Defending Jim Leyland's decision to bring in Chance Ruffin
It was his major league debut. Ruffin gave up a hit there, and a couple home runs later. The Tigers lost the game to the White Sox.
But I didn't have an issue with Leyland's decision.
Ruffin was a lower draft pick (48th overall) in 2010, who was expected to reach the major leagues quickly. He has much better "stuff" than the back end of the Tigers' bullpen. He is not some young kid. He'll be 23 in a little less than a month. He throws hard - in the mid 90s. He has good bite on his breaking ball. He's from a high-profile college program - Texas. His father, Bruce, was a major league pitcher. He is better prepared for the pressure cooker of the big leagues than the vast majority of players making their major league debut.
The trade deadline is less than a week away. The Tigers need to find out whether this kid can help them, or whether they need to deal for bullpen help.
And they were trying to win the game, but knowing you can't use Phil Coke, Alberto Albuquerque and Joaquin Benoit every night. The other options weren't very good - Charles Furbush or David Purcey, the latter who has struggled with control. Or Lester Oliveros, who the Tigers sent down to make room for Ruffin. Remember, it was just the fifth inning.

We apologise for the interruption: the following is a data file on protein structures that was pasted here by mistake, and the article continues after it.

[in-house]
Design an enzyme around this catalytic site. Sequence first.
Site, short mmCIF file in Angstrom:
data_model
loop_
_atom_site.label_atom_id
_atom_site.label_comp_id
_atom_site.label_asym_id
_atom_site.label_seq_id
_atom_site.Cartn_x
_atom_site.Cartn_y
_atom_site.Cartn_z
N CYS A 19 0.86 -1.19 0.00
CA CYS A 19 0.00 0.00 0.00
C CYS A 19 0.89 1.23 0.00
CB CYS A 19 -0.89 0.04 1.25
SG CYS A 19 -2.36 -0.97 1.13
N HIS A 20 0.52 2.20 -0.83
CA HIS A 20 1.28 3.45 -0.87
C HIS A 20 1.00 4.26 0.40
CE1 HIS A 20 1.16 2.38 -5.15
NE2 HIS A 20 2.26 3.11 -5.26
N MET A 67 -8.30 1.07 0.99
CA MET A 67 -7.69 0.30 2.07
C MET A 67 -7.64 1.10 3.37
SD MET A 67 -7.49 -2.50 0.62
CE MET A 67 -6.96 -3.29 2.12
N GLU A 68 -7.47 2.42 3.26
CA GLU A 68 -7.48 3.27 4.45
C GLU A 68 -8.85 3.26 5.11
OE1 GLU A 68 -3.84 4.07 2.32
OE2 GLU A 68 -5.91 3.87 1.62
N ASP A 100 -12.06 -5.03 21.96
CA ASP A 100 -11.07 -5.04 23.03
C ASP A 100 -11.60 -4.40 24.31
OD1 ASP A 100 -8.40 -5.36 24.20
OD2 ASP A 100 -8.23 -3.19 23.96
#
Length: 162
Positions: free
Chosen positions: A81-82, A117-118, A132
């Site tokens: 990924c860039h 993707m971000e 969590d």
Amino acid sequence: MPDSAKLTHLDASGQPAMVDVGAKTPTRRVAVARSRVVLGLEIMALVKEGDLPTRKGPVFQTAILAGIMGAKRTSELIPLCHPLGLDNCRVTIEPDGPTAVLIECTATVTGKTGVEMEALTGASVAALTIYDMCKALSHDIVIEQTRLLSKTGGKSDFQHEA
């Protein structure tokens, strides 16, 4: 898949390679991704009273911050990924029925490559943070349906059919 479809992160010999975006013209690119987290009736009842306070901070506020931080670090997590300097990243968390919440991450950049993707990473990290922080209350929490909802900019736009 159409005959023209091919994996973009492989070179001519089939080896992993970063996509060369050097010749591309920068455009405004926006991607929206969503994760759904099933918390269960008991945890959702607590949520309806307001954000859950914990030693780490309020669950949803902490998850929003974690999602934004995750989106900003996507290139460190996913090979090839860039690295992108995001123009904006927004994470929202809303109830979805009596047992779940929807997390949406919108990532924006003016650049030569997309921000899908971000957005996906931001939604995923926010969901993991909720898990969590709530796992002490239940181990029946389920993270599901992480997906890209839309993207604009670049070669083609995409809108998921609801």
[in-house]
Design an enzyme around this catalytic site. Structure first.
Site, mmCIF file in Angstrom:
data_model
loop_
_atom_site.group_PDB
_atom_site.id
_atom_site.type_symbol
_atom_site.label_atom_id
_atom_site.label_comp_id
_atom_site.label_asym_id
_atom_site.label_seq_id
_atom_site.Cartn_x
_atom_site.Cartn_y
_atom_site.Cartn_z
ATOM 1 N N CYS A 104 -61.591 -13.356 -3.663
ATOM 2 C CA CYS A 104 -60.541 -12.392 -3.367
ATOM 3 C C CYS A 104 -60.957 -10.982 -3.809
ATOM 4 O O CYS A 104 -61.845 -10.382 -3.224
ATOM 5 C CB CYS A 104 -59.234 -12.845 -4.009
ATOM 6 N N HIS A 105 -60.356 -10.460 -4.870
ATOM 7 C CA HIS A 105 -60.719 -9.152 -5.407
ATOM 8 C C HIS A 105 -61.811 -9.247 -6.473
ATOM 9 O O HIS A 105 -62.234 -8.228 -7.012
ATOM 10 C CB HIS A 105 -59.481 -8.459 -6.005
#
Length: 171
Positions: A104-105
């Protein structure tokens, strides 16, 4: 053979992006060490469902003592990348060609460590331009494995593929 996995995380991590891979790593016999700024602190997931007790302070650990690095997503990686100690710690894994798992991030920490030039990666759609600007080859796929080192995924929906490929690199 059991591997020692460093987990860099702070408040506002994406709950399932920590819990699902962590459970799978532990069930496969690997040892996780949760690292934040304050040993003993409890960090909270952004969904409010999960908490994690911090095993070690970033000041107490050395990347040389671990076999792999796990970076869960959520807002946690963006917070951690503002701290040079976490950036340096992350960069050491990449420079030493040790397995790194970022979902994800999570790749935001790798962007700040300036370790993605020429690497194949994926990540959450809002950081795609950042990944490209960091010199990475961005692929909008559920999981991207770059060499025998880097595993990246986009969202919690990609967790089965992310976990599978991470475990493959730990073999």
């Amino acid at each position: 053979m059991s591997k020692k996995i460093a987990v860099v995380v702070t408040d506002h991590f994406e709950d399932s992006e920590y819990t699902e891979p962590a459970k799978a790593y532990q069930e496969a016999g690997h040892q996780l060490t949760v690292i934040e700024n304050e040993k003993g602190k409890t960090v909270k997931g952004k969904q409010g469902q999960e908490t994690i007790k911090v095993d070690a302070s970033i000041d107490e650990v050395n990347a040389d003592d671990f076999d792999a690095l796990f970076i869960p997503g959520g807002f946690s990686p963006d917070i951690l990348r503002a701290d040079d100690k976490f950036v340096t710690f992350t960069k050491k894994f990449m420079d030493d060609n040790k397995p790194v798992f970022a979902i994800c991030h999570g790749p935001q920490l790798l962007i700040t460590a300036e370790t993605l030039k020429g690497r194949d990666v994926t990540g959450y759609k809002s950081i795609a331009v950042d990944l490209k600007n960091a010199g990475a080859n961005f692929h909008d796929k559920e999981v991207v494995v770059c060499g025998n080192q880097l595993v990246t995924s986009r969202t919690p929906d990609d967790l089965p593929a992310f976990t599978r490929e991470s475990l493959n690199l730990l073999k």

This notion Leyland risked damaging this kid's psyche beyond repair is ridiculous. The key to playing in the major leagues, especially for a relief pitcher, is the ability to bounce back. The best are unshakable in that regard. The worst don't last long. Ruffin either has that inside him or he doesn't.
He isn't a fragile water glass you have to keep out of the dishwasher (there's a bad analogy for you).
Now as far as Leyland's decision to play Ryan Raburn at third base, that's a different story. He got away with it Monday, but in my opinion, playing Raburn at third is a recipe for disaster.